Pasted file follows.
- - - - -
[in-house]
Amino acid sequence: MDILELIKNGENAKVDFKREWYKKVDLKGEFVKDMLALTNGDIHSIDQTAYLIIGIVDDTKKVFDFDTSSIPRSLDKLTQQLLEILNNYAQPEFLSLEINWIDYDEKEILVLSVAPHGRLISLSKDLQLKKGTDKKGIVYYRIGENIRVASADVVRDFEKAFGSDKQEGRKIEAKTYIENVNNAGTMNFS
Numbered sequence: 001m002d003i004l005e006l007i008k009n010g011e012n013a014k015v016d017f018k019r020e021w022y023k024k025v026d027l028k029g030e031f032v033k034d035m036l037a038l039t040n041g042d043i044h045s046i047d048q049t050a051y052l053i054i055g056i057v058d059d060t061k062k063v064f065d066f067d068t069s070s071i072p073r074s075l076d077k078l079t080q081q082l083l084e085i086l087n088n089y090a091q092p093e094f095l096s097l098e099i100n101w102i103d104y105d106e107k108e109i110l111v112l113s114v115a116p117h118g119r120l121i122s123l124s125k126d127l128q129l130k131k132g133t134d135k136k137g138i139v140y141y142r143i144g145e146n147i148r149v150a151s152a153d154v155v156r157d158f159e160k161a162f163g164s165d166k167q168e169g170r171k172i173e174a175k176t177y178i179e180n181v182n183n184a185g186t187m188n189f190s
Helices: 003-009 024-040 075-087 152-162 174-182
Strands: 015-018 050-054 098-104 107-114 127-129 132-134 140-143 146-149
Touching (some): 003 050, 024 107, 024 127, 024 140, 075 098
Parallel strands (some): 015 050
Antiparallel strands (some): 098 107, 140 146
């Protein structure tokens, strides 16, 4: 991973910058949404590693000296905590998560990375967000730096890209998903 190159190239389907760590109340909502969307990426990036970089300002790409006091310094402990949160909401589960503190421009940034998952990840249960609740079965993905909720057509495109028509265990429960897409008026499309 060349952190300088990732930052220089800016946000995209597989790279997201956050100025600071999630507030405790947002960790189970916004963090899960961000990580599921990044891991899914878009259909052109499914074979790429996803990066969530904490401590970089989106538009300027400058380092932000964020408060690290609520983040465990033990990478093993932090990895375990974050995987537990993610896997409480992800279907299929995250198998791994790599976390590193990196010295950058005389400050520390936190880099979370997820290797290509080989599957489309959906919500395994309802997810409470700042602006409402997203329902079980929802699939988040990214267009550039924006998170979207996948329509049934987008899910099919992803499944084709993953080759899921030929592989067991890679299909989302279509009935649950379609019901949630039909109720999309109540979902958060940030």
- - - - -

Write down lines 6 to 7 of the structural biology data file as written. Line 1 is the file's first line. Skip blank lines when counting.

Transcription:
Touching (some): 003 050, 024 107, 024 127, 024 140, 075 098
Parallel strands (some): 015 050